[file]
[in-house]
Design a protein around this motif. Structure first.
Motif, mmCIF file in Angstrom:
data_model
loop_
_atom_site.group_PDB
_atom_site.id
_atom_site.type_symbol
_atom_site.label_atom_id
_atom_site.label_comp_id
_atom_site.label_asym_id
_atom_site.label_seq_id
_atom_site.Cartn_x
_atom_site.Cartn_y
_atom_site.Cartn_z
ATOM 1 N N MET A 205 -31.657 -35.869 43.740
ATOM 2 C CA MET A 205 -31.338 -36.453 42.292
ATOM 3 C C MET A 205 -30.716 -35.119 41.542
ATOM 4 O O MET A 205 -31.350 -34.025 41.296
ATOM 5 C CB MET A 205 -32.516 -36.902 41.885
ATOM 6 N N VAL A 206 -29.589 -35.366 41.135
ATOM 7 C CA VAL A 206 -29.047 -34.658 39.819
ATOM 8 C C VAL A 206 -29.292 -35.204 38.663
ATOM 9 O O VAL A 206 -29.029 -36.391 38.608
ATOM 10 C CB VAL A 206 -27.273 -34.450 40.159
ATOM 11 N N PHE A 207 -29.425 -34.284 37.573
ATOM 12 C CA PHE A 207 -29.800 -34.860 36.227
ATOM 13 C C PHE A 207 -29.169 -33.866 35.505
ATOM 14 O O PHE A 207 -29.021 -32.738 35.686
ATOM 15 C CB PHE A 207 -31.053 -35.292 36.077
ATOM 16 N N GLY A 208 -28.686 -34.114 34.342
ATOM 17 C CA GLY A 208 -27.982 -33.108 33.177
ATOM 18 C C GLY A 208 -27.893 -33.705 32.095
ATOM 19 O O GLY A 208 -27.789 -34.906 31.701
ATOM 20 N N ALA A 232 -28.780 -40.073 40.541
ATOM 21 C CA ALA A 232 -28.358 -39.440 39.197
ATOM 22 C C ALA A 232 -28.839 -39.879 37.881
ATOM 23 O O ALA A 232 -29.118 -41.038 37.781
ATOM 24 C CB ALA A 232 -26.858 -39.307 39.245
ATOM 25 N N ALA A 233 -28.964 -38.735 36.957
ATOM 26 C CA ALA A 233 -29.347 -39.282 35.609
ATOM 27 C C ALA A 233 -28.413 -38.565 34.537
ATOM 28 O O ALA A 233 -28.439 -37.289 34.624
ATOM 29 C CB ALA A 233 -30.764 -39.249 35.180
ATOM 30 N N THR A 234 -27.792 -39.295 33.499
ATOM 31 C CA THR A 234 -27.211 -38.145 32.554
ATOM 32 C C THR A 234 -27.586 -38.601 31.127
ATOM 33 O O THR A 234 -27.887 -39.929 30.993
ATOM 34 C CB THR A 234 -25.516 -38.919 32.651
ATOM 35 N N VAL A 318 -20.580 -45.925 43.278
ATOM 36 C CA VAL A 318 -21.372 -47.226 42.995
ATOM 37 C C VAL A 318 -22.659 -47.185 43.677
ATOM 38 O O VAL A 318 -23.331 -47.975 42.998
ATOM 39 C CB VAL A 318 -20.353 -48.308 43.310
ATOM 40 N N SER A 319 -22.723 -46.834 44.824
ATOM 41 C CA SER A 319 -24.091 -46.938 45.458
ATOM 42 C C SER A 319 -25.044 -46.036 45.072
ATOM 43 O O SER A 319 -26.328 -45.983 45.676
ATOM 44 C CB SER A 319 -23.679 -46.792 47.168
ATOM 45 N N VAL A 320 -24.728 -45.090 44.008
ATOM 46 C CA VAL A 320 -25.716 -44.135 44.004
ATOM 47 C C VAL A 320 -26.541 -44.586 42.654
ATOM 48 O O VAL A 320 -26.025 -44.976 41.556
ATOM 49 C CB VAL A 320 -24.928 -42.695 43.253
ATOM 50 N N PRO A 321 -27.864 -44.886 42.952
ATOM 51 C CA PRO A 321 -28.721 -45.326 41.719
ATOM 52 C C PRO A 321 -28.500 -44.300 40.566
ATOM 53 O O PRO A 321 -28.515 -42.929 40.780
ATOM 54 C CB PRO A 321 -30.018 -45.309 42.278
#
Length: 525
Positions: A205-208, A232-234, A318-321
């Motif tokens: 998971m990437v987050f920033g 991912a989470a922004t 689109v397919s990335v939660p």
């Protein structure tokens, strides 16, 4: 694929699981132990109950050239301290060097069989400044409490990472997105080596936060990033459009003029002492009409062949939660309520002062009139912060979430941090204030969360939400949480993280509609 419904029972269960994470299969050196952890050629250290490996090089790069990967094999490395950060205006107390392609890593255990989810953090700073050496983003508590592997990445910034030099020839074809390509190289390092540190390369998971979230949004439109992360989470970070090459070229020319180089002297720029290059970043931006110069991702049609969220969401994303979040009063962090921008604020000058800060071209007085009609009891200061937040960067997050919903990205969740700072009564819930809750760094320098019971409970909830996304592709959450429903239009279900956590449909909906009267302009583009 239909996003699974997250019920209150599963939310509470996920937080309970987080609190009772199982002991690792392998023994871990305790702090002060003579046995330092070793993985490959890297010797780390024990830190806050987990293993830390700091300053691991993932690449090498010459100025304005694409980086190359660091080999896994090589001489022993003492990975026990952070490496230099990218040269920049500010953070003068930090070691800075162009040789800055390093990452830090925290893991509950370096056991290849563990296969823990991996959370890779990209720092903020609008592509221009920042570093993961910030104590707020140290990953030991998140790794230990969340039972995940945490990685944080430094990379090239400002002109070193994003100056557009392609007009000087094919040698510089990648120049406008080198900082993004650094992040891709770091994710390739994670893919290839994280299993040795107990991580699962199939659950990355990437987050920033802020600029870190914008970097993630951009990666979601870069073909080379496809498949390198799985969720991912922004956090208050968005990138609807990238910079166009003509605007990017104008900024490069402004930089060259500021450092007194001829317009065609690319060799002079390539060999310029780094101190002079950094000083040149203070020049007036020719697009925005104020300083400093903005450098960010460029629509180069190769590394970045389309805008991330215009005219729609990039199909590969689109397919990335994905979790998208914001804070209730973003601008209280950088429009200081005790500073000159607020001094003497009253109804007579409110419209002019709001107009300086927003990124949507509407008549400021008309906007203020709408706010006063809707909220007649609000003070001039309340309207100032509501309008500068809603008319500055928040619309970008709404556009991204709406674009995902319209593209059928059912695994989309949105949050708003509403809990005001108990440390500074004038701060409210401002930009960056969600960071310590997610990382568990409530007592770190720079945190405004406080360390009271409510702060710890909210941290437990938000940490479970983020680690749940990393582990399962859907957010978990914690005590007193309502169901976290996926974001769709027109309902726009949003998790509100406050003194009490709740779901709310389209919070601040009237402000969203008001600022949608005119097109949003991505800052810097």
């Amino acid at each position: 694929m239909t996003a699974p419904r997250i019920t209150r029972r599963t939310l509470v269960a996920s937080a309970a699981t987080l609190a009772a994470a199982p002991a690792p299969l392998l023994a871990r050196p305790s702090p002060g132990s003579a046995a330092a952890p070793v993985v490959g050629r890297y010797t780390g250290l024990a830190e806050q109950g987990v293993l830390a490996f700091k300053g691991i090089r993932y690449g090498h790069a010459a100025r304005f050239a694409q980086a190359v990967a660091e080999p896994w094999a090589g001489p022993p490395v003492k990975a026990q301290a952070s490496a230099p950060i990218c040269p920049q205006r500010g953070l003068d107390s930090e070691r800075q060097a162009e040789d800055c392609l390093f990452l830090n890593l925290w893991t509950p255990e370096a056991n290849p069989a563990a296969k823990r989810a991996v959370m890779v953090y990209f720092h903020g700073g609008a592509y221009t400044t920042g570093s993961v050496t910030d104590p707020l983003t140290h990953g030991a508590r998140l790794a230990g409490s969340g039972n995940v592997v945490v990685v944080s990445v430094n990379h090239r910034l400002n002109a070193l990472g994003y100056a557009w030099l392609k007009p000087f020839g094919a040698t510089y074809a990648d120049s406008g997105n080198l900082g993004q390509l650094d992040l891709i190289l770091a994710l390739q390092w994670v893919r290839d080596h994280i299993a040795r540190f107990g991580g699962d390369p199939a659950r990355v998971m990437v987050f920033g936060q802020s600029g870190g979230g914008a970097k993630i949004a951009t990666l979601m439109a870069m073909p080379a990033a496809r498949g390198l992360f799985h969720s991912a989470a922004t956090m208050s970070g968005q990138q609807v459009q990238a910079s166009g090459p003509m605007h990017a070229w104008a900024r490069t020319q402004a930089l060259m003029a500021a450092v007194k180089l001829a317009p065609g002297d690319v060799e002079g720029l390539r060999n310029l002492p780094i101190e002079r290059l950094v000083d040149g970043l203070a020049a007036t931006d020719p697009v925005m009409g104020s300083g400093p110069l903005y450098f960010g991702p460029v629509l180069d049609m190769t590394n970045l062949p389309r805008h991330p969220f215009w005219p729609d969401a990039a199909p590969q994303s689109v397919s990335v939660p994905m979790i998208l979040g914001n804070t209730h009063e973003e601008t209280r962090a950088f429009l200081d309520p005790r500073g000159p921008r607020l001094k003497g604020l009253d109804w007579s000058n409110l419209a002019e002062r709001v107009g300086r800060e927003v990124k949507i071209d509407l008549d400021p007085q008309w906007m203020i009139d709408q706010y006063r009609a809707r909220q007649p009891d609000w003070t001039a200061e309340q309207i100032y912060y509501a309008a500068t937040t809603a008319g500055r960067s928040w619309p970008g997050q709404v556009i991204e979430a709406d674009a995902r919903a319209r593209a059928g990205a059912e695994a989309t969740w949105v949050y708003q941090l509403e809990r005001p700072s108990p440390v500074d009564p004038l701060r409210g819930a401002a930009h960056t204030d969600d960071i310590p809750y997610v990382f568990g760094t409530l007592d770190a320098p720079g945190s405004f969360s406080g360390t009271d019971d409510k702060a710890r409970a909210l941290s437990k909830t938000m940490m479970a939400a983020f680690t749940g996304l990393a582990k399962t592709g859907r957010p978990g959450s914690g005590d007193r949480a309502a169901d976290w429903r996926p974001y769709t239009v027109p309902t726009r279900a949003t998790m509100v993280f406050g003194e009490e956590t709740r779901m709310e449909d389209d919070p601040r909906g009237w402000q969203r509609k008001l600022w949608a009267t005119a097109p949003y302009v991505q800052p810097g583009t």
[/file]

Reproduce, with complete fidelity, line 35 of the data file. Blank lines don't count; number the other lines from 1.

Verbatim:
ATOM 20 N N ALA A 232 -28.780 -40.073 40.541